Hyperkalemia

A rise in serum potassium levels occurs 6–72 hours after the initiation of chemotherapy.35 Symptoms associated with hyperkalemia include lethargy, muscle weakness and paresthesia or paralysis, and electrocardiographic manifestations. The most common electrocardiogram abnormalities are peaked T waves in the precordial leads, prolongation of the PR interval, flattening or absence of the P wave, widening of the QRS complex, and a 'sine wave' appearance, which is associated with severe hyperkalemia.36 Increased serum potassium levels can cause ventricular arrhythmias and lead to sudden death; low serum calcium and acidosis can exacerbate this predisposition (Table 1). Nonspecific symptoms, such as nausea and vomiting, can result from hyperphosphatemia, hypocalcemia, hyperuricemia and especially renal failure. These symptoms are often poorly managed with antiemetic treatments, which should be used with caution in the presence of renal or hepatic failure.

Table 1 Clinical consequence of metabolic disturbances.

Hyperphosphatemia and hypocalcemia

Hyperphosphatemia develops 24–48 hours following initiation of chemotherapy, and can cause many kinds of symptoms, including decreased mental status, weakness, cramps, hyperreflexia, tetany and renal failure. Hyperphosphatemia can also cause dysrhythmias, including polymorphic ventricular tachycardia and torsades de pointes (Box 1) due to a prolonged QT interval on the electrocardiogram.37 Physiologically, calcium influences neuromuscular excitability; therefore, hypocalcemia can cause muscle cramps, cardiac abnormalities, and pronounced blood coagulation deficiency (Table 1).38 Hypocalcemia is not usually symptomatic, but symptoms such as neuromuscular irritability and tetany, anorexia, vomiting, carpopedal cramps, seizures and spasms can develop. Hypocalcemia also causes dysrhythmias and cardiac arrest in extreme cases.2,37 Hyperphosphatemia can also lead to calcium phosphate deposition in renal tubules.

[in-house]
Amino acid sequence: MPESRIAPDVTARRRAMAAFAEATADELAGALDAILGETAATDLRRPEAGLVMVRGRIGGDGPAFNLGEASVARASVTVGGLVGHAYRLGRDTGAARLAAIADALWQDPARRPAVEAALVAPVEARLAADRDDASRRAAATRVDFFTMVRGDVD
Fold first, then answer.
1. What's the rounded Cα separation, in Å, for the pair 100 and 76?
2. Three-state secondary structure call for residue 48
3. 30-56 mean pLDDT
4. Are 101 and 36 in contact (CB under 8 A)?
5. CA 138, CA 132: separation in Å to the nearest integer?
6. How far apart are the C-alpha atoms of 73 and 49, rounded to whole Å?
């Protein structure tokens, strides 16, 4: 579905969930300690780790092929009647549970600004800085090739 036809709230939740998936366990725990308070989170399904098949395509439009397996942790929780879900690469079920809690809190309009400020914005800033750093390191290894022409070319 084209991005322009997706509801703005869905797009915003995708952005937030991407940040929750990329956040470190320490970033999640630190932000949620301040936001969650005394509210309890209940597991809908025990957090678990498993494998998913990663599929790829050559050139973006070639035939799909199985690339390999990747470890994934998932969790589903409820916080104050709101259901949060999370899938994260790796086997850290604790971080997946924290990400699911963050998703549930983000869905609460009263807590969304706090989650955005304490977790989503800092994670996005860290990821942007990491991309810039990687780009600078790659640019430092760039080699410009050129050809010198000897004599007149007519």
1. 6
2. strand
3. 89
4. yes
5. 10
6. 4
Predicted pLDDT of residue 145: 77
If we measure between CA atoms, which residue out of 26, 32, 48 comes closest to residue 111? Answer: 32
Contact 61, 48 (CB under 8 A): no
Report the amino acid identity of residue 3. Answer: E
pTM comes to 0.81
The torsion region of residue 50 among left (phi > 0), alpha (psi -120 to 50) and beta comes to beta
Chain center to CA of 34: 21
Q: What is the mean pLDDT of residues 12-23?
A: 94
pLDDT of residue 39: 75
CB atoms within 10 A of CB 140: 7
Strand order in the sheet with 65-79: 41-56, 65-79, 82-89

Hyperuricemia

Hyperuricemia can develop within 48–72 hours of chemotherapy. Uric acid is an end product of purine metabolism and is excreted by the kidneys. Hyperuricemia can cause a myriad of abnormal physical symptoms, including nausea, vomiting, lethargy, oliguria, anuria, anorexia, and hematuria. Blood urea nitrogen and creatinine levels can rise, causing edema, acute acid nephropathy and renal failure (Table 1).39 Uric acid exists in a soluble ionized form at pH 7.0, but its solubility decreases markedly as the urinary pH decreases in the renal collecting ducts and deep cortical and medullary vessels, where the luminal pH approaches pH 5.0.40 At this low pH, uric acid is 13 times less soluble than it is at a pH of 7.0, and deposition of uric acid may lead to obstructive uropathy (Table 2).41,42,43 At uric acid levels of 594.8–892.2 µmol/l (10–15 mg/dl), lethargy, nausea, and vomiting can occur, and signs of renal failure, such as hypertension and altered sensorium, may develop at uric acid levels above 1,189.6 µmol/l (20 mg/dl). Occasionally, TLS is accompanied by a coagulopathy. The fractional excretion of uric acid can be calculated as the ratio between uric acid and creatinine clearances. The fractional excretion is influenced by the extracellular volume, in that expansion increases whereas contraction decreases the urate excretion. This process is independent of urine flow rate.44

Table 2 Solubility of purine analogs and calcium phosphate at pH 5.0 and 7.0.

Acute renal failure